“Would you show up and knock on the door and introduce yourself, or contact the (reporting party) on the phone and have him or her come out?” Flores asked. “Does what is happening sound criminal at the time, based on what the reporting party has said?”
These are just some of the questions a deputy would have to consider on such a call, he said.
BIG UPGRADES AT JAIL
With an average daily inmate count of 6,000, the OCSD operates one of the largest jail systems in the nation.
Of these inmates, nearly a third – or 1,800 – have some type of mental illness, many of them severe, said Commander Joe Balicki, who oversees Custody Operations with his immediate boss, Assistant Sheriff William Baker.
“(The number of housed mentally ill) has constantly been on the uptick over the last few years,” said Balicki, a 32-year veteran of the OCSD who took over command of custody operations in March 2018.
“One of the things I recognized when I first met with our correctional health services staff — our partners with the Health Care Agency — is that we have a severe behavioral health crisis not just in the jail system, but countywide,” said Balicki, who noted that one of his deputies recently was stabbed by a mentally ill inmate.
Balicki and Baker came up with a plan that Sheriff Don Barnes endorsed in March when he announced that the OCSD would be terminating its contract with the U.S. Immigration and Customs Enforcement Agency (ICE) and would stop holding immigration detainees in its jails so it could improve its mental health care for inmates.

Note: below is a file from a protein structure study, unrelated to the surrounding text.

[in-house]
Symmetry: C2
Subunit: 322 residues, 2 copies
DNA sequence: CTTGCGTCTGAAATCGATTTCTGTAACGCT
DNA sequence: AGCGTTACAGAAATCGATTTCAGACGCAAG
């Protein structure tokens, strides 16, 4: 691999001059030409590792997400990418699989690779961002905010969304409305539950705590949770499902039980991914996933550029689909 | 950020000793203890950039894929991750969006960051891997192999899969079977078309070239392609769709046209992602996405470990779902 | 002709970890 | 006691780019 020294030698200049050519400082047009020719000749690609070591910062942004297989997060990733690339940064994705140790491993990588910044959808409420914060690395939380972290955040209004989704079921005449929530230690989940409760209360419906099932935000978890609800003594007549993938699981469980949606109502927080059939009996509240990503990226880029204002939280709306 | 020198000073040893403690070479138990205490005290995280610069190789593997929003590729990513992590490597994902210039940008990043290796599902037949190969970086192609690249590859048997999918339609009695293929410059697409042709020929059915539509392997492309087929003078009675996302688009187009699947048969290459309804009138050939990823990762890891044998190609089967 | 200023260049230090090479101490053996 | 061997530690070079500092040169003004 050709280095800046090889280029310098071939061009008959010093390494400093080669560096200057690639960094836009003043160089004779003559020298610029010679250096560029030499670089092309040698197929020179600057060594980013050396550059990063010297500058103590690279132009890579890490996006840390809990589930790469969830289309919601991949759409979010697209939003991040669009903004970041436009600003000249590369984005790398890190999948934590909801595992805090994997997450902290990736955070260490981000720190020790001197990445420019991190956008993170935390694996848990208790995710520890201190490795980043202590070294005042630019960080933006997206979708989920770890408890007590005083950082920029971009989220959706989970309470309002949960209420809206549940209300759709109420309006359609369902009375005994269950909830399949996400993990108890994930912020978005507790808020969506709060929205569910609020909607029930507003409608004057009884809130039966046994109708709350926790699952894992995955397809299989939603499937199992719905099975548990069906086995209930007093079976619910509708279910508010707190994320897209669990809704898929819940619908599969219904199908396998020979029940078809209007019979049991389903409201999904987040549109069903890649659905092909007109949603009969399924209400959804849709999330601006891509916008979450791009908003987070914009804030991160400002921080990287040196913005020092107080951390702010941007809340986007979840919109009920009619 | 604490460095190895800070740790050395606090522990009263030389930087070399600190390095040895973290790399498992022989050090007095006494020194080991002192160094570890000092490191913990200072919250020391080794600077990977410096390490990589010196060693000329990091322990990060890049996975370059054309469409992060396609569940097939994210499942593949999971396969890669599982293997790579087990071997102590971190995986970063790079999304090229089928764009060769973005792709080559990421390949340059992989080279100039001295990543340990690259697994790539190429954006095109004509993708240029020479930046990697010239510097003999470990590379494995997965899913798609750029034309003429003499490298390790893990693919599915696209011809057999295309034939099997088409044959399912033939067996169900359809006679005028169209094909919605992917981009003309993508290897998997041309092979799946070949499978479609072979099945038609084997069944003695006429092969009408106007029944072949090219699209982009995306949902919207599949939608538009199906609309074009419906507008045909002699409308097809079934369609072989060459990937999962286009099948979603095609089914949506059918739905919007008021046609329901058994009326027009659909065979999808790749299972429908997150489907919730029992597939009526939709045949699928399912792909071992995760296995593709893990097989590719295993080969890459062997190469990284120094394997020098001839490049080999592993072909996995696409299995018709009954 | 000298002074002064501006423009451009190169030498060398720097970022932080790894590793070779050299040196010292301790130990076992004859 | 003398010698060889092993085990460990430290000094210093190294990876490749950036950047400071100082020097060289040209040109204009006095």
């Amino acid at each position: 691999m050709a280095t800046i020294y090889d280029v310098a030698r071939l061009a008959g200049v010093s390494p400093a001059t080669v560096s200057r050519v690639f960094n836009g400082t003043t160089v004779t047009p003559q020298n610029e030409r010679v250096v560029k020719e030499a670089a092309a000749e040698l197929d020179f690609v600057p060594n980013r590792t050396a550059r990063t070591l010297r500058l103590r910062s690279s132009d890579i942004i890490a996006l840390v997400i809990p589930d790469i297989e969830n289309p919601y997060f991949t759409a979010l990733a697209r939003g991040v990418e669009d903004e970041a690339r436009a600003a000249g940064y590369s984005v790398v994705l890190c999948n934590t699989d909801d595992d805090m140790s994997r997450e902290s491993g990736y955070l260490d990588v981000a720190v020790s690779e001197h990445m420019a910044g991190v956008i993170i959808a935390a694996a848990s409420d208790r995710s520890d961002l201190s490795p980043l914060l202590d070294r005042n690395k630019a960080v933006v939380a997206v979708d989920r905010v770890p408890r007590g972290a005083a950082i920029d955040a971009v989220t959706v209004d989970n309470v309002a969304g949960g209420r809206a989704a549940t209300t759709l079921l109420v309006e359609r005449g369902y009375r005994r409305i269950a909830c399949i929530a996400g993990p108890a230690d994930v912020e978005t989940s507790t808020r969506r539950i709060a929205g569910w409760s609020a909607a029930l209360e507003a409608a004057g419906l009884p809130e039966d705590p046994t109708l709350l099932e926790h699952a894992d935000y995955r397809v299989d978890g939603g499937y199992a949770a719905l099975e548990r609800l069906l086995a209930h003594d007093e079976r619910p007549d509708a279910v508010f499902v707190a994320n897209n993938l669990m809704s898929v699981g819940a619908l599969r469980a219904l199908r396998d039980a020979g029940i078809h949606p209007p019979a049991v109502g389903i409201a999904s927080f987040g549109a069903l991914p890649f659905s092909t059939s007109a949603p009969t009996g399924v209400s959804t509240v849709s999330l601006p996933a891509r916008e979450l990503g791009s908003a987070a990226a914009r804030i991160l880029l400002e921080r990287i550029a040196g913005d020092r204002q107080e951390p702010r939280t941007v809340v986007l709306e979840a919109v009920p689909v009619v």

The termination with ICE is effective Aug. 1.
Over the last year, the nurses and doctors who make up the behavioral health teams in OC’s jails have expanded their screening process to better identify those who need immediate care, Balicki said.
In one module of the Central Jail Complex in Santa Ana, the number of beds reserved for male inmates diagnosed with severe mental health issues will be increased to 30 from five, Balicki said.
Fifteen beds will be put in for female inmates in need of mental crisis stabilization, and work areas will be expanded for jail medical staff and deputies, as well as members of the several outside mental health partners with whom the OCSD works.
“It’s a very aggressive approach, and it’s all been approved,” said Balicki, who said construction is scheduled to be completed by November 2020.
What’s more, deputy staffing will be in place by Aug. 1, when construction on the jail revamp is scheduled to begin, Balicki said.
Instead of going through a costly and lengthy hiring process to bring in 40 new deputies to provide security in behavioral health units in the revamped jails, the OCSD is in the process of transferring 40 deputies from the James A. Musick facility on unincorporated land between Irvine and Lake Forest – part of Barnes’ plan announced in March.
“As construction starts,” Balicki said, “we’ll already have the security staffing in place.”
A new Musick facility near Irvine is scheduled to open by 2022, he said.
“Moving forward, in the next couple of years, we’ll get everybody in the jails trained in (mental health),” Balicki said.
The OCSD also recently stopped releasing most inmates late at night and in the early morning hours and switched to 7 a.m., when many critical services are available.
“Our goal is as soon as you come in the door, you start receiving (mental health) services,” Balicki said. “And when you do get released, you will know exactly where you need to go to get help.”